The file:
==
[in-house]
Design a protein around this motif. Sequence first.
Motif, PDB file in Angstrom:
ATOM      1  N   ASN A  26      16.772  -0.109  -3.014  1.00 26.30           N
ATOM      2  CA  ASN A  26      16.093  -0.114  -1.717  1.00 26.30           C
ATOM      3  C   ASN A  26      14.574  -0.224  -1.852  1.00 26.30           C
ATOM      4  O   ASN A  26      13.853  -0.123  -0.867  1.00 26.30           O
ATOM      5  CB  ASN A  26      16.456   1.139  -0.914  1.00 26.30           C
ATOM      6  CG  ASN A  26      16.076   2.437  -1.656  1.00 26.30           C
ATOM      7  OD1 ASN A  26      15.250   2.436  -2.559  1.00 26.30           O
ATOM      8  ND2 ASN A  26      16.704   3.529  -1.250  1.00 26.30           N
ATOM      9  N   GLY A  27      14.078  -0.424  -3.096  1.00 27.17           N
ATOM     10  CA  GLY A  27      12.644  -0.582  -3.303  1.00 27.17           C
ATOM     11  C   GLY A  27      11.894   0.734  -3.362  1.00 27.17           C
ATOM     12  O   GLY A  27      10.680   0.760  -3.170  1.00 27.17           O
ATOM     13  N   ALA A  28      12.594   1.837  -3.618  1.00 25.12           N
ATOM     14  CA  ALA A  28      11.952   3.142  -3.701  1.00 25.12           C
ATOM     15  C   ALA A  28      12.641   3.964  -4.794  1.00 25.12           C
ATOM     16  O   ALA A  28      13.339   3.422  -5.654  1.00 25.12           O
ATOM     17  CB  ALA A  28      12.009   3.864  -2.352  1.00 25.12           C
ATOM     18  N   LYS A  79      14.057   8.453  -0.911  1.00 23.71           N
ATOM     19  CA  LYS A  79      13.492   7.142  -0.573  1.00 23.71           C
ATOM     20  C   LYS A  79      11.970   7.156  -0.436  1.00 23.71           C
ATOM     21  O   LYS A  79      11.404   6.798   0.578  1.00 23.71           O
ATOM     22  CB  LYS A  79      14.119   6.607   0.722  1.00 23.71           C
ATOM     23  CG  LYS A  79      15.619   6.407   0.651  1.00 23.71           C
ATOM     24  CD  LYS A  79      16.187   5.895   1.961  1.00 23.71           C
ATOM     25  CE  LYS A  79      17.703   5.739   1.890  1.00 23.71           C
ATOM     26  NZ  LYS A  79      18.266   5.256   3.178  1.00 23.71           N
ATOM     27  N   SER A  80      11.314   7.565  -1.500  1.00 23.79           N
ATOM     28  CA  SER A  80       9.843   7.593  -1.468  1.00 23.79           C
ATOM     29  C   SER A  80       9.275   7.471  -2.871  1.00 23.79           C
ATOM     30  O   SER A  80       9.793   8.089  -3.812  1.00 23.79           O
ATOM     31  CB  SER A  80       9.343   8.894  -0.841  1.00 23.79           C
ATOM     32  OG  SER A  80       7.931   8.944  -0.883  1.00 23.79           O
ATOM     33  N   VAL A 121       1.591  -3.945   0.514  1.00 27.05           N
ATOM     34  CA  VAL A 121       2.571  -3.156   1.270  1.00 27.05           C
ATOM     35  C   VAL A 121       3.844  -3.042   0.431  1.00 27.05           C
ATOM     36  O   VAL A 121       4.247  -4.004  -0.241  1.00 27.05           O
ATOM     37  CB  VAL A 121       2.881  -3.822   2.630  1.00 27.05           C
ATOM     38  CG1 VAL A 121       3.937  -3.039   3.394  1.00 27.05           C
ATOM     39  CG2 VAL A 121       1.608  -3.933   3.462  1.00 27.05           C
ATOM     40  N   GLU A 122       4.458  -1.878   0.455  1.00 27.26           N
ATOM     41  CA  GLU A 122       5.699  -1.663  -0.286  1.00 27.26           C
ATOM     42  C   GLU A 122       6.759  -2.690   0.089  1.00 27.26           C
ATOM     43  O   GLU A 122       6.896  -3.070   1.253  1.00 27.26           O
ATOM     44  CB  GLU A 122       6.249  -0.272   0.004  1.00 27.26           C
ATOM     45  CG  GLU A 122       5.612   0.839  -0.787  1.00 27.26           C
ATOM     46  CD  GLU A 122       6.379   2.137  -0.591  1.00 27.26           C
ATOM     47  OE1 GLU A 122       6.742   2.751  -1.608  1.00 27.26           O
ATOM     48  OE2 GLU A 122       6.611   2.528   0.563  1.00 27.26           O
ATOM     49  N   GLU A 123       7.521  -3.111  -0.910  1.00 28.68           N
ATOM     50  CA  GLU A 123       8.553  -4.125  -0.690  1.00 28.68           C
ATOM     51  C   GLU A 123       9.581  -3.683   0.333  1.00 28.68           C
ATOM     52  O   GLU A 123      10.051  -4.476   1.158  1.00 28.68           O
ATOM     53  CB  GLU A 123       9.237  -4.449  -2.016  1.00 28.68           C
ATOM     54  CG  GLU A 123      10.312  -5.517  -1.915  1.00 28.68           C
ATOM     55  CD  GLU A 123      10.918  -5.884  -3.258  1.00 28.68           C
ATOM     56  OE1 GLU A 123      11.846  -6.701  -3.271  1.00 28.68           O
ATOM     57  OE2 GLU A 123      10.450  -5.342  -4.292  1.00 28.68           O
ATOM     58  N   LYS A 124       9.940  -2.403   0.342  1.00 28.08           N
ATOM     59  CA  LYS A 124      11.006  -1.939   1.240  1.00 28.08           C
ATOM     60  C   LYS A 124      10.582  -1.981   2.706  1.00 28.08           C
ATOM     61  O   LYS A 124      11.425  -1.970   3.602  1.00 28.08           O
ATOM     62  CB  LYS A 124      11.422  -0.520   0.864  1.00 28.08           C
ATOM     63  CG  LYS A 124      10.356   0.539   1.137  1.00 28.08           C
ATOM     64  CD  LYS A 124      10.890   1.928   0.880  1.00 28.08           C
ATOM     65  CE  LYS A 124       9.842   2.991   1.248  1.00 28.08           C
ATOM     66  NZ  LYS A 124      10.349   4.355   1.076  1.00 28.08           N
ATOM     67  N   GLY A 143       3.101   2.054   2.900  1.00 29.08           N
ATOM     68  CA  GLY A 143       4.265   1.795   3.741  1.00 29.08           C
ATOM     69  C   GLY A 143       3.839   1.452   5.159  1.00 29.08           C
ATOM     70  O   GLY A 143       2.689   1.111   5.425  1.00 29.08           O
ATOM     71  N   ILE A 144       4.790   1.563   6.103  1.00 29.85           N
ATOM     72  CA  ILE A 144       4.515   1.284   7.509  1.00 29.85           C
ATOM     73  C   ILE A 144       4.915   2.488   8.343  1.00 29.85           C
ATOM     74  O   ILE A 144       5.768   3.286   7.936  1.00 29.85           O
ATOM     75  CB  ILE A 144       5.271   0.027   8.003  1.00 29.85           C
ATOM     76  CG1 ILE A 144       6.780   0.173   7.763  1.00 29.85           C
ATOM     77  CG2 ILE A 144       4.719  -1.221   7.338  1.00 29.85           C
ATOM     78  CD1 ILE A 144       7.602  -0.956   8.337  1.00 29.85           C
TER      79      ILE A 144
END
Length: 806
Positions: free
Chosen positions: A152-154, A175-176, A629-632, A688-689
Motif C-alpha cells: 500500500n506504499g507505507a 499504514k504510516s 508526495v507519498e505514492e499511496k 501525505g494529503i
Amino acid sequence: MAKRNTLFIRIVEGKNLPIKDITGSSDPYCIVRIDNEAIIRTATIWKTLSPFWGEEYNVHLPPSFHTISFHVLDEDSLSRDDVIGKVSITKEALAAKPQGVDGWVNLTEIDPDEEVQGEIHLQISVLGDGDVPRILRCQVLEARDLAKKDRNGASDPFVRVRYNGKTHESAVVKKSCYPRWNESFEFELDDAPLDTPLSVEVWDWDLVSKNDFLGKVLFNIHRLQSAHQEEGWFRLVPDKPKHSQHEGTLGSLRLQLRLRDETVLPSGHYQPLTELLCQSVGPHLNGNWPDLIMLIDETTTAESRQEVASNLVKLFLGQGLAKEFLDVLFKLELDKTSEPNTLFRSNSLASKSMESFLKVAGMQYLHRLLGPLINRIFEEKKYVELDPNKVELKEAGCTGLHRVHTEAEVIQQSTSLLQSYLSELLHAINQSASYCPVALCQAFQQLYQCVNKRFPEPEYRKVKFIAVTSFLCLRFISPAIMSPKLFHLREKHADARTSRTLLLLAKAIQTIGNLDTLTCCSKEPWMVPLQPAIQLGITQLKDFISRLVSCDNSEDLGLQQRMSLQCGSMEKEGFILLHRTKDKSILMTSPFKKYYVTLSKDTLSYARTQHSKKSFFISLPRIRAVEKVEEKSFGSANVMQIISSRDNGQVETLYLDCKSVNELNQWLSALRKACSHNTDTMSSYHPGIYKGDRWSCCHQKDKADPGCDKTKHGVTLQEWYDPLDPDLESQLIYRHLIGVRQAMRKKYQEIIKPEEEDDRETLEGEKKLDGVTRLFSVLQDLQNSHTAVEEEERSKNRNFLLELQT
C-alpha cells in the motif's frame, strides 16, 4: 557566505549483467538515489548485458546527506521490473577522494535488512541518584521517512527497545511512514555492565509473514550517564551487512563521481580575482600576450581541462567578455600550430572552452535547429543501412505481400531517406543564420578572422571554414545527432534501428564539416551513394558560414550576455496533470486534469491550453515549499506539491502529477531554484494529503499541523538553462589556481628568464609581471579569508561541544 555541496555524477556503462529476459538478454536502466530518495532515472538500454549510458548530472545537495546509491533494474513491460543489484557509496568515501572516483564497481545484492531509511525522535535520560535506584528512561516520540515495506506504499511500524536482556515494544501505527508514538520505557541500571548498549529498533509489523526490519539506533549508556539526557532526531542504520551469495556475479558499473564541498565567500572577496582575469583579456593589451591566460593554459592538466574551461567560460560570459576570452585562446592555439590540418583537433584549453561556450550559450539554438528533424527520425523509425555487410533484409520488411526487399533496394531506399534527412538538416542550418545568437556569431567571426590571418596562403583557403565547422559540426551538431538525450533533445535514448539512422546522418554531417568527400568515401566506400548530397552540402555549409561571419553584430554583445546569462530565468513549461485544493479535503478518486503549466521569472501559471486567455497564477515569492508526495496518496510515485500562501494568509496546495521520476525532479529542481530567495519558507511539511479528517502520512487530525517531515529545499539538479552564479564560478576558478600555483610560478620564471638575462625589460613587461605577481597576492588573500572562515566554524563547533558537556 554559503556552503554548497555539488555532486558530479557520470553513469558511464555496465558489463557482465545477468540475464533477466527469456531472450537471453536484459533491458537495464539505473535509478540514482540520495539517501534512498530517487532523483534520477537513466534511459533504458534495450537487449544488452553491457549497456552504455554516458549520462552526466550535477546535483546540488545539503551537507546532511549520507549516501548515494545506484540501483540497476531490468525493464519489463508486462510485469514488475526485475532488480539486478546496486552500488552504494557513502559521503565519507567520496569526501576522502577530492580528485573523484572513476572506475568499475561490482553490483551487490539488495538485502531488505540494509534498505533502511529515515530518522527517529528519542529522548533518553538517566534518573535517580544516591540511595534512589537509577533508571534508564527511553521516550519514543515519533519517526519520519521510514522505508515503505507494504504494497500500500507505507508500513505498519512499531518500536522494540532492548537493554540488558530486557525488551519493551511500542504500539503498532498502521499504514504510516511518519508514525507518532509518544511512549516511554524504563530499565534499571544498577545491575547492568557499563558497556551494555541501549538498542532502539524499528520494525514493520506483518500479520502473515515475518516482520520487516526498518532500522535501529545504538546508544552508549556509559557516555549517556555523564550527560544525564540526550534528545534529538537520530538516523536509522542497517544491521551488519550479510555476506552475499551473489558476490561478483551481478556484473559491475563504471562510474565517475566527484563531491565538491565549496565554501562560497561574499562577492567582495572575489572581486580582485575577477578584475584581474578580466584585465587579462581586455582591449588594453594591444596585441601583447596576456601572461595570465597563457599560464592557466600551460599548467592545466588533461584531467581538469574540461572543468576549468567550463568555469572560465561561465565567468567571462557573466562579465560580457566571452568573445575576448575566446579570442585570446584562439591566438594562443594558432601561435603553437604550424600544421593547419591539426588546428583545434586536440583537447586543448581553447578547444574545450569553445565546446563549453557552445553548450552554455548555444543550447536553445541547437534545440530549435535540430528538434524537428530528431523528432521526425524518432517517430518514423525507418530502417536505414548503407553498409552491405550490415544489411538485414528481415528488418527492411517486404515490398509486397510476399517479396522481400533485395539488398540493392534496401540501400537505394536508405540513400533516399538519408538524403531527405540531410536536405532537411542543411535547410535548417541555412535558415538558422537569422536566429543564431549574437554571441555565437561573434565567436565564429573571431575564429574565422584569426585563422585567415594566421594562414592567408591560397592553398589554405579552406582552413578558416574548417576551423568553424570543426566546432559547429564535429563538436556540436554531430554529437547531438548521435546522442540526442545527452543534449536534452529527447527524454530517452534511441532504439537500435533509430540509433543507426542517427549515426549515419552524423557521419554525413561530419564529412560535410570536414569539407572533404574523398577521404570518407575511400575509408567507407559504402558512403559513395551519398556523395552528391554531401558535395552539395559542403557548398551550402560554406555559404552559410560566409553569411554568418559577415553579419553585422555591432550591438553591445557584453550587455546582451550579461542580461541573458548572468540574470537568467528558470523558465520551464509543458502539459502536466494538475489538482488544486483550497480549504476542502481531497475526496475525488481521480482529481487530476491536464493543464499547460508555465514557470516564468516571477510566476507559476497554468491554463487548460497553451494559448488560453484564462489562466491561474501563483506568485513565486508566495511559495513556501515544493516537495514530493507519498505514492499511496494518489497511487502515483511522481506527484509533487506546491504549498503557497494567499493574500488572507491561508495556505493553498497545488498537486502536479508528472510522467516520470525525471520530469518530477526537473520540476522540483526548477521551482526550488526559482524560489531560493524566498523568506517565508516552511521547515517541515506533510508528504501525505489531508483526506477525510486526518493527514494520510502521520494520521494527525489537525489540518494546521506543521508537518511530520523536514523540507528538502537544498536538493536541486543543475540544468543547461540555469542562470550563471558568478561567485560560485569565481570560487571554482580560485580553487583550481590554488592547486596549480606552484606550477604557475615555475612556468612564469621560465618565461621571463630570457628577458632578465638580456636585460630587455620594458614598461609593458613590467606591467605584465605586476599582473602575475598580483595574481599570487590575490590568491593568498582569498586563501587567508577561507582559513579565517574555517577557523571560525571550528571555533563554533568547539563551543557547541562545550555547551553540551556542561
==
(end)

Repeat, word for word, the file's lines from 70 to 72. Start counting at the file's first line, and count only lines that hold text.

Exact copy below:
ATOM     67  N   GLY A 143       3.101   2.054   2.900  1.00 29.08           N
ATOM     68  CA  GLY A 143       4.265   1.795   3.741  1.00 29.08           C
ATOM     69  C   GLY A 143       3.839   1.452   5.159  1.00 29.08           C